Arm strength is tested in the sport of arm wrestling where the opponents grip one another's hand with their elbows firmly set on a sturdy table.

MECHANICS:

1. At the signal of a referee, the competitors try to pull the other's arm flat on the table.
2. The first to do so wins.

Arm wrestling shows a person's staying power and strength. Another version of arm wrestling involves only the middle finger. Two persons place their fingers form a tight fist and at the signal of a referee, the competitors try to overturn each other's hands. First to do so wins. other examples are:


-dama
-luksong tinik
-langit lupa
-luksong baka
-piko
-patay-patayan

CULLIOT

To bring one's strength to the force, the game of culliot or rope pulling provides a very effective way. Two players connected by a rope tied on their waists stand on their respective circles and pull each other. The first player of three players to step out of his circle losses.

Collective strength is also proven in this game when two teams of equal number of players divided at a distant line pull each other using a rope.

A Mangyan counterpart of this game makes use of bare hands and arms around the waists of the person in front with a line etched on the ground.

Filipino's endless innovativeness enters the game when they substitute the mudhole as a demarcation line so that whoever gets pulled fall into it and everyone gets the best medicine for all ailments -laughter.
Circle Diameter -2 meters
Distance of Circle 1 to circle 2 - 4 meters from the circle line. PATINTERO (TUBIGAN)

BACKGROUND: Patintero is played outdoors. The players are divided into two teams equal number, namely the runners and the taggers. The object of the runner is to get through all the lines back and forth without being tagged.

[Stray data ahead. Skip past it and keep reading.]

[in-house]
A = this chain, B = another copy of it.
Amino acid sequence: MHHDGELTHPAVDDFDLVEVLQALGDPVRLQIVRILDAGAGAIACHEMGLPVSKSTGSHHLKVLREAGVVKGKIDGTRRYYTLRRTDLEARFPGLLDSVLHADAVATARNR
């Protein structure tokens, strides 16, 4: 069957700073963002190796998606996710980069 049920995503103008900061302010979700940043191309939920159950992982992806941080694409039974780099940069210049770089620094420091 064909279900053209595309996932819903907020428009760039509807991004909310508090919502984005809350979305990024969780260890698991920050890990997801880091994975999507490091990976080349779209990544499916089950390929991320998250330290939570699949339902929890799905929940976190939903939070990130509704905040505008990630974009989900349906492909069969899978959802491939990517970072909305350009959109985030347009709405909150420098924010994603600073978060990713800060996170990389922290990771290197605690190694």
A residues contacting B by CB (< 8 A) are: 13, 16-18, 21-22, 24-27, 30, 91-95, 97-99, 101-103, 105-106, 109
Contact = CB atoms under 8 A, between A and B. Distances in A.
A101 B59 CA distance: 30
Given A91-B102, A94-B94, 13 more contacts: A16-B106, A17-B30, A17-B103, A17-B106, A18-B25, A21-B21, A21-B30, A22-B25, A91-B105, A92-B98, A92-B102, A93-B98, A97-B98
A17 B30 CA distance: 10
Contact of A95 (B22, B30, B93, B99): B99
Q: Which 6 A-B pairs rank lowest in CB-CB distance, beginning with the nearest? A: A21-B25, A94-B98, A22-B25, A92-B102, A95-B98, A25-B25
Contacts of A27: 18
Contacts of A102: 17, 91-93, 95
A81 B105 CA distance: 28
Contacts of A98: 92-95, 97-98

PLAYERS: 4 players per team; 2 opposing teams

PLAY AREA: The ground is marked off in a 5 or 6 meter rectangle divided into 4 equal parts.

MECHANICS:

1. Each team is composed of 4 players.

2. Winning the toss entitles the players on that team to be runners. The taggers stand 1,2,3, and 4. Number 1 can go anywhere to tag the runners.

3. Taggers 2,3, and 4 tag the runners as they cross the lines or as they get near them.

4. As soon as one of the runners crosses line 4, he returns to line 2 and call out "Tubig!" a point scored in favor of his team.

5. The runners must score a clean pass within 2 minutes, otherwise, a turnover will be called.

6. In tagging, the taggers must have both feet on the line.

7. If a runner is tagged while crossing a line or while trying to cross, the teams exchange places.

8. The team with the highest point after 3 turnovers wins the game.

9. If after 3 turnovers and nobody has been declared as winner, 2 turnovers will be added to the game for a total of 5.. The sack race or gunny sack race

MECHANICS:

1.Participants place both of their legs inside a sack or pillow case that reaches their waist or neck.

2.They jump forward from a starting point toward a finish line.

3.The first team wherein all its members cross the finish line is the winner of the race. other examples are:

-ubusan lahi
-bati cobra
-kadang-kadang
-agawan base
-agawan sulok SCORING TYPES 1. Single Elimination 2. Double Elimination 3. Triple Elimination THE END!!!!!!